Cast out of Monopoly, the clothes iron endures

PROVIDENCE, R.I. (AP) — When online voters nixed the clothes iron token from Hasbro’s Monopoly game, the appliance was held up as passe, as something your grandmother once used to ease the wrinkles out of linens and handkerchiefs.

“Despite being an integral part of life when the token was added to the game in the 1930s, the iron has fallen out of favor with today’s fans,” the Rhode Island-based company said in announcing its replacement — with a cat.

But even with the rise of wrinkle-free fabrics, the iron, it seems, is holding its own.

While U.S. iron sales declined in volume 1 percent last year, they were up nearly 3 percent overall from 2007 to 2012, according to the market research group Euromonitor International. Over the same period, steam generator irons — which make more steam than traditional ones, speeding up the process — experienced what the firm called “enormous growth.” Sales were $368 million last year.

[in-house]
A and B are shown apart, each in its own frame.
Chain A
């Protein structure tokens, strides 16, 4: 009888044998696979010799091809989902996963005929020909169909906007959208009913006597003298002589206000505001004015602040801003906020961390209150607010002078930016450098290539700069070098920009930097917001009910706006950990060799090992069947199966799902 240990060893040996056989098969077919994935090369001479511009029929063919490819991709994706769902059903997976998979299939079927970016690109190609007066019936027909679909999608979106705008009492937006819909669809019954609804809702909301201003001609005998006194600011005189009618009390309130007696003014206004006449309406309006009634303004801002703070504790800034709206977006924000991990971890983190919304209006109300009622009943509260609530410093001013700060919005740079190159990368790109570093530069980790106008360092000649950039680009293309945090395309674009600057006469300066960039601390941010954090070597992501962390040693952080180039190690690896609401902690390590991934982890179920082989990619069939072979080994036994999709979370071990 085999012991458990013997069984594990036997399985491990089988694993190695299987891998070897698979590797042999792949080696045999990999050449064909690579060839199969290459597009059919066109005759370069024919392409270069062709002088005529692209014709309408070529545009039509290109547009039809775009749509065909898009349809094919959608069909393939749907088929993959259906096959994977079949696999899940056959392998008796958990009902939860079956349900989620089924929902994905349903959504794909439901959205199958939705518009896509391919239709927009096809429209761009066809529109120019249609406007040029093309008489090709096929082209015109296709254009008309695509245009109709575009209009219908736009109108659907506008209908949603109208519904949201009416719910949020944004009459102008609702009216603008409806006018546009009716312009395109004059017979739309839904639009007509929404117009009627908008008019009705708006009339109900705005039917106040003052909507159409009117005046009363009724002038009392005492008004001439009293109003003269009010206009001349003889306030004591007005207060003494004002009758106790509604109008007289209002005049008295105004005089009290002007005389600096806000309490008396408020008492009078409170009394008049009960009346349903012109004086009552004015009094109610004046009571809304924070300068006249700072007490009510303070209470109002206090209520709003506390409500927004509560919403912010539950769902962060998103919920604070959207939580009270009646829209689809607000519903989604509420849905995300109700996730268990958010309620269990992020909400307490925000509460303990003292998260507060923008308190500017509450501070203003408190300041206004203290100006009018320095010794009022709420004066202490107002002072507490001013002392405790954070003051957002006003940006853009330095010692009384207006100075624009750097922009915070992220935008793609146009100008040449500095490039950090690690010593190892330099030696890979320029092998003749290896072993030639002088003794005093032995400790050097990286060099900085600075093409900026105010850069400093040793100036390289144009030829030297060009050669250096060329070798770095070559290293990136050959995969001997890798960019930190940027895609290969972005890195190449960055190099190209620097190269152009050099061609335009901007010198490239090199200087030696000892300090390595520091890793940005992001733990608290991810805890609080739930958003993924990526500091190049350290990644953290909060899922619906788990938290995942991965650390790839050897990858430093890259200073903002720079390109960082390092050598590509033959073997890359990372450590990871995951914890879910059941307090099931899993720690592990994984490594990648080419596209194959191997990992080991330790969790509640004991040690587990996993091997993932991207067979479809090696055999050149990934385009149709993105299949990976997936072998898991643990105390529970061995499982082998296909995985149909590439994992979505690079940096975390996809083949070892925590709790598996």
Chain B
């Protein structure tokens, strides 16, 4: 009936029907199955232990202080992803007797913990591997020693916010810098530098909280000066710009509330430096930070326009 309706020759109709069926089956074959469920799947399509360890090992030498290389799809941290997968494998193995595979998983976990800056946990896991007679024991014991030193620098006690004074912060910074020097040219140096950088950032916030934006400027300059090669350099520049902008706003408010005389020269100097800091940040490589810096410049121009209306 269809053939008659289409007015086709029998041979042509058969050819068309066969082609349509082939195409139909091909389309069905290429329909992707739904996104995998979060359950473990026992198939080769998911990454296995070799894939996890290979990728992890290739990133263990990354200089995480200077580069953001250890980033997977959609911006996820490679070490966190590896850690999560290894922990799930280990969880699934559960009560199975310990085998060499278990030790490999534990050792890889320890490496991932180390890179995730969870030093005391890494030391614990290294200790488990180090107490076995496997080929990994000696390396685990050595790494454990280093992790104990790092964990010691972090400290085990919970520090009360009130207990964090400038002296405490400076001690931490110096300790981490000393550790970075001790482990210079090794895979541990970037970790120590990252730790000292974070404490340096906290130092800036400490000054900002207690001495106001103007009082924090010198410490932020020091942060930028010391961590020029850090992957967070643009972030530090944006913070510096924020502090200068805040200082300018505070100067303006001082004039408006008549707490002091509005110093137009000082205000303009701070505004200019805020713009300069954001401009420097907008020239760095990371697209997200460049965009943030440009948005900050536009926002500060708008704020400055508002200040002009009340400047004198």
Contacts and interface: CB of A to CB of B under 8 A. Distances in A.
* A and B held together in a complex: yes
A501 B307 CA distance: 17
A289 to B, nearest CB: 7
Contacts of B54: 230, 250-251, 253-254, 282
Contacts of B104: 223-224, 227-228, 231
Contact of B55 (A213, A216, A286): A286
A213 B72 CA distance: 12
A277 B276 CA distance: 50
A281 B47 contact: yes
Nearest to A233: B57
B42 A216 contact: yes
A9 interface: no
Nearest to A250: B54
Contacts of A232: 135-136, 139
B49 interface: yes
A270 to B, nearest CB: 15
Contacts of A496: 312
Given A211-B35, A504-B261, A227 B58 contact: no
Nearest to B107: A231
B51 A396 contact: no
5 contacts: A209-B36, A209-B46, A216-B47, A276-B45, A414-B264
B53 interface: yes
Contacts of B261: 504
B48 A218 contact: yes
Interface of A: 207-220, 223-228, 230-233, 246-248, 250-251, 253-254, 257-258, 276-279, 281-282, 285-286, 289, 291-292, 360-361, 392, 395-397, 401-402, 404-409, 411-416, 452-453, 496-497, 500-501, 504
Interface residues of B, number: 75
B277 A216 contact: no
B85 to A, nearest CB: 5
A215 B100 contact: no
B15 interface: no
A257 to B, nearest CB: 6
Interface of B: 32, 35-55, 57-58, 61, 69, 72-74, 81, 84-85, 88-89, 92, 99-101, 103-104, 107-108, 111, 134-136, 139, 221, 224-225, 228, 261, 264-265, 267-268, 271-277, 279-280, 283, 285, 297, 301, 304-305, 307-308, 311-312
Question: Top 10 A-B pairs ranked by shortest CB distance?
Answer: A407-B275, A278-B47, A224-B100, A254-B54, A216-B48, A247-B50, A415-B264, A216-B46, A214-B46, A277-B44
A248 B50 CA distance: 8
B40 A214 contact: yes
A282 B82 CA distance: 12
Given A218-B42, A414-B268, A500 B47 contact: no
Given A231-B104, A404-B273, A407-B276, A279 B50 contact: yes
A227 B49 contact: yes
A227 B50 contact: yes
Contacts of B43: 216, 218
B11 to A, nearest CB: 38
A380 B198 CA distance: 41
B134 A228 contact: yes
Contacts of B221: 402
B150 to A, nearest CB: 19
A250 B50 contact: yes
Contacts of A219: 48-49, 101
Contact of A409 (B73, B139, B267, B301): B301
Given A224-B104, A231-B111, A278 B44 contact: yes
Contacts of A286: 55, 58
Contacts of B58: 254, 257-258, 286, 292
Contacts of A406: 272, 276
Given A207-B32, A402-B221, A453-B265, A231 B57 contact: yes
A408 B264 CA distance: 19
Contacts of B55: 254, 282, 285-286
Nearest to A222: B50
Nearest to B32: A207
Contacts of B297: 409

Rowenta, a manufacturer of high-end irons whose U.S. headquarters is in West Orange, N.J., says the appliance is as relevant as ever.

The company, whose products have been used to keep wrinkles out of the clothing on “Project Runway,” is constantly updating technology to make ironing easier, faster and better for clothes, spokeswoman Michele Lupton says. Its regular models, ranging in price from $70 to $175, now include an “eco-friendly” one that uses less energy.

Hasbro nixed the iron after it got the fewest votes in a Facebook poll; it is being replaced with a cat. As a nod to its service, Rowenta plans to give away 10 board games with the iron token — along with a real iron — before the piece is discontinued. People will be asked to weigh in on Rowenta’s Facebook page with their “fondest” ironing memories.

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